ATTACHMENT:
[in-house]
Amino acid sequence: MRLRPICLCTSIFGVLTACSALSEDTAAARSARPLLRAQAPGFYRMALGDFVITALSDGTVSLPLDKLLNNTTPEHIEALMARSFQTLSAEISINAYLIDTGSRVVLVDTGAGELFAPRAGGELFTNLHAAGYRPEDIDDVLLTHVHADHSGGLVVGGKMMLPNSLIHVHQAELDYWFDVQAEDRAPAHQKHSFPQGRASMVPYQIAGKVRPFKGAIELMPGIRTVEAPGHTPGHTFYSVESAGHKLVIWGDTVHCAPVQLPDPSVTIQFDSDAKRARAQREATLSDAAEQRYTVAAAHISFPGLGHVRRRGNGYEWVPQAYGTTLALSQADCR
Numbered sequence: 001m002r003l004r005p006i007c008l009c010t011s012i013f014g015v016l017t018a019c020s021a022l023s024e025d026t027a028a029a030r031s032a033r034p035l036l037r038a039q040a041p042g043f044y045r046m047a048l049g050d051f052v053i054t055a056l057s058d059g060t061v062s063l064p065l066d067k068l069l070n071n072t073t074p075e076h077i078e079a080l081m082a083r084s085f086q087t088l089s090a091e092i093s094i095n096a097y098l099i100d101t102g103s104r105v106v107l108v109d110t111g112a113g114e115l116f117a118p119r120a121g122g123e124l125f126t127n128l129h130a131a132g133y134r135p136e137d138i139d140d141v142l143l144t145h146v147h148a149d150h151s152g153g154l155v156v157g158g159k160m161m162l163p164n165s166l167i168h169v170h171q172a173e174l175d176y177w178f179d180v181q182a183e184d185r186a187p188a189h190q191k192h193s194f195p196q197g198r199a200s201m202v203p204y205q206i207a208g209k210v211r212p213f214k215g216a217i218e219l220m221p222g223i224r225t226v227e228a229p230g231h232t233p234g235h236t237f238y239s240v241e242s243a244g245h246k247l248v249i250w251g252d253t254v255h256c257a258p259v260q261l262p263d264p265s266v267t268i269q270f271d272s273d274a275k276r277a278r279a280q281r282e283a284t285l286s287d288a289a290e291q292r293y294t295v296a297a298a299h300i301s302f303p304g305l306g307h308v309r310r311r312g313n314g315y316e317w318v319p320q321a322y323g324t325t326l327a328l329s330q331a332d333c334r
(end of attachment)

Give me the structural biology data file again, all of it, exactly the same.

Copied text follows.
[in-house]
Amino acid sequence: MRLRPICLCTSIFGVLTACSALSEDTAAARSARPLLRAQAPGFYRMALGDFVITALSDGTVSLPLDKLLNNTTPEHIEALMARSFQTLSAEISINAYLIDTGSRVVLVDTGAGELFAPRAGGELFTNLHAAGYRPEDIDDVLLTHVHADHSGGLVVGGKMMLPNSLIHVHQAELDYWFDVQAEDRAPAHQKHSFPQGRASMVPYQIAGKVRPFKGAIELMPGIRTVEAPGHTPGHTFYSVESAGHKLVIWGDTVHCAPVQLPDPSVTIQFDSDAKRARAQREATLSDAAEQRYTVAAAHISFPGLGHVRRRGNGYEWVPQAYGTTLALSQADCR
Numbered sequence: 001m002r003l004r005p006i007c008l009c010t011s012i013f014g015v016l017t018a019c020s021a022l023s024e025d026t027a028a029a030r031s032a033r034p035l036l037r038a039q040a041p042g043f044y045r046m047a048l049g050d051f052v053i054t055a056l057s058d059g060t061v062s063l064p065l066d067k068l069l070n071n072t073t074p075e076h077i078e079a080l081m082a083r084s085f086q087t088l089s090a091e092i093s094i095n096a097y098l099i100d101t102g103s104r105v106v107l108v109d110t111g112a113g114e115l116f117a118p119r120a121g122g123e124l125f126t127n128l129h130a131a132g133y134r135p136e137d138i139d140d141v142l143l144t145h146v147h148a149d150h151s152g153g154l155v156v157g158g159k160m161m162l163p164n165s166l167i168h169v170h171q172a173e174l175d176y177w178f179d180v181q182a183e184d185r186a187p188a189h190q191k192h193s194f195p196q197g198r199a200s201m202v203p204y205q206i207a208g209k210v211r212p213f214k215g216a217i218e219l220m221p222g223i224r225t226v227e228a229p230g231h232t233p234g235h236t237f238y239s240v241e242s243a244g245h246k247l248v249i250w251g252d253t254v255h256c257a258p259v260q261l262p263d264p265s266v267t268i269q270f271d272s273d274a275k276r277a278r279a280q281r282e283a284t285l286s287d288a289a290e291q292r293y294t295v296a297a298a299h300i301s302f303p304g305l306g307h308v309r310r311r312g313n314g315y316e317w318v319p320q321a322y323g324t325t326l327a328l329s330q331a332d333c334r